Morocco says Scandinavian hikers’ murder was terrorism, as new arrests made
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Morocco says Scandinavian hikers’ murder was terrorism, as new arrests made

Prosecutors say profile of suspects confirms radical Islamist motive; village known as tourist attraction fears for its image

An image grab taken from a video broadcast in Morocco's news channel 2M on December 18, 2018 shows police officers and locals at the scene of a crime where the bodies of two Scandinavian women were found the day before in an isolated mountainous area 10 kilometers (six miles) from the tourist village of Imlil in the High Atlas range. (AFP)
An image grab taken from a video broadcast in Morocco's news channel 2M on December 18, 2018 shows police officers and locals at the scene of a crime where the bodies of two Scandinavian women were found the day before in an isolated mountainous area 10 kilometers (six miles) from the tourist village of Imlil in the High Atlas range. (AFP)

RABAT, Morocco — Moroccan authorities said three fugitive suspects were arrested on Thursday over the grisly murder of two Scandinavian hikers, as investigators follow a link to Islamic extremism.

Government spokesman Mustapha Khalfi described the killings as a “criminal and terrorist act.”

The arrests in the city of Marrakesh follow a first arrest on Monday of a man suspected of belonging to a radical Islamist group, hours after the discovery of the two women’s bodies in the High Atlas mountains of southern Morocco.

“The suspects have been arrested” and investigators were in the process of “verifying the terrorist motive, which is supported by the evidence and the findings of inquiries,” said the central judicial investigations office.

The bodies of Danish student Louisa Vesterager Jespersen, 24, and 28-year-old Maren Ueland from Norway were found on Monday, after the two friends had pitched their tent at an isolated mountain site two hours’ walk from the tourist village of Imlil.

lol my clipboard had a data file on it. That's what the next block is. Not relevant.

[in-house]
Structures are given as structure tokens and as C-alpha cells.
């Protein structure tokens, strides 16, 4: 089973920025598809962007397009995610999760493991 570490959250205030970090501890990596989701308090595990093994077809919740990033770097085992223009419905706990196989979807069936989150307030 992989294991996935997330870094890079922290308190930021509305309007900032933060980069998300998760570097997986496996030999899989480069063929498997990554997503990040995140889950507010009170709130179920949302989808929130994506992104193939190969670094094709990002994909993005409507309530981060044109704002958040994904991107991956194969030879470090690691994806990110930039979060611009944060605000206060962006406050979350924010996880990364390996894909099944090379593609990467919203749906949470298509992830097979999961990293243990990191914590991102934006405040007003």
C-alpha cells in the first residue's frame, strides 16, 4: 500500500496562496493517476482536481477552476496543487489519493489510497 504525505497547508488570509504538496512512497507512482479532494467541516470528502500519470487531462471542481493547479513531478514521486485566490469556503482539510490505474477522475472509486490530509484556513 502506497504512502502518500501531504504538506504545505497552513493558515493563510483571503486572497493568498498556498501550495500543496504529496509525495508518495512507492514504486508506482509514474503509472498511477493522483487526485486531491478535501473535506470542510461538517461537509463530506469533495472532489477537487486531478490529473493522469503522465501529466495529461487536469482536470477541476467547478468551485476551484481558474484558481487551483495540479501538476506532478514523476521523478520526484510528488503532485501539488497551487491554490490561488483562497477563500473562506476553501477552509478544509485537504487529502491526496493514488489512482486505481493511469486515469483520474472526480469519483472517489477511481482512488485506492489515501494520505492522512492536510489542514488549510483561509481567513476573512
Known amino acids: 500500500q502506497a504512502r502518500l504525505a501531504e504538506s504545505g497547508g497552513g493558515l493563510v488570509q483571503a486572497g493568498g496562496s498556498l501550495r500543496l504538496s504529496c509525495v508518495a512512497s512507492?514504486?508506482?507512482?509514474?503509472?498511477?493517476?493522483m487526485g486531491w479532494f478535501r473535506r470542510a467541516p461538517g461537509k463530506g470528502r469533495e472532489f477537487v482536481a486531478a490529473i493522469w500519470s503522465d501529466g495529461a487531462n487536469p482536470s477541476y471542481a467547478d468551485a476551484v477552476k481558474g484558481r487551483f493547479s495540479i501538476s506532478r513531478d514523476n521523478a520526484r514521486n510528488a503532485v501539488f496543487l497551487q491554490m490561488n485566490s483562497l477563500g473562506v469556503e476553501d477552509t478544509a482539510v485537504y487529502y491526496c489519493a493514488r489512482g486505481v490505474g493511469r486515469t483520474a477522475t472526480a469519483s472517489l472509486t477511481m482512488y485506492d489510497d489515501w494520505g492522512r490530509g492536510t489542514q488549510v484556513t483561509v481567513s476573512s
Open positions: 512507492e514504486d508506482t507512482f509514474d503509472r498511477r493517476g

A picture taken on December 18, 2018 shows the tourist village of Imlil in the High Atlas range. (Fadel Senna/AFP)

Police have focused on the terrorism line of inquiry since arresting the first suspect in a poor neighborhood of the region’s main city of Marrakesh, which is a magnet for foreign tourists.

“The radical Islamist line has not been removed, because of the profile of the (first) suspect arrested and the three” others, who have links to radical Islamic circles, a source close to the investigation told AFP on Wednesday.

Investigators have released profiles of the three fugitives.

In one of the black and white photos circulated by the authorities, a suspect wears long white clothing and a white skullcap, and has a long beard.

A second suspect also has a long beard, while the third has a thin face and a goatee.

All three hail from Marrakesh, and one of them had “a court record linked to terrorist acts,” police spokesman Boubker Sabik said.

‘Brutal and meaningless’

Danish Prime Minister Lars Lokke Rasmussen denounced what he called a “beastly crime.”

Addressing reporters on Thursday morning, Rasmussen said “like the whole world, we react with consternation, disgust and a profound sadness.”

A picture taken on December 20, 2018, shows Moroccan police officers waiting outside a morgue in the capital Marrakesh, ahead of the transportation of the bodies of the two murdered Scandinavian hikers to the airport. (AFP)

Norway’s Prime Minister Erna Solberg condemned what she called a “brutal and meaningless attack on innocents.”

In Rabat, the government spokesman highlighted the efforts of the security services in the fight against terrorism by hailing the arrest in “record time” of the alleged suspects in the double murder.

Moroccan authorities were still working to determine the authenticity of a video posted on social media networks allegedly showing the murder of one of the tourists, a prosecutor said in a statement.

In Denmark, police and the intelligence service PET said they were analyzing the video in which a man is heard railing against the “enemies of Allah.”

However, they were still unable to “make any other comment about its authenticity.”

The killings have sparked fears of a hit to Morocco’s crucial tourist sector — which accounts for 10 percent of national income — as the kingdom’s relative security has always been a major selling point.

“What most of us had feared — that is to say a terrorist angle to the double crime in the region of Imlil, has been confirmed,” said leading news website Medias 24.

“Shock, sadness and revulsion are perceptible in Morocco,” it added.

Traumatized by the murders, residents of Imlil are deeply fearful for their livelihoods, and have helped investigators in identifying suspects, a tourism sector source told AFP.

Morocco has been spared jihadist attacks since 2011, when a bomb attack on a cafe in Marrakesh’s famed Jamaa El Fna Square killed 17 people, most of them European tourists.

An attack in the North African state’s financial capital Casablanca killed 33 people in 2003.

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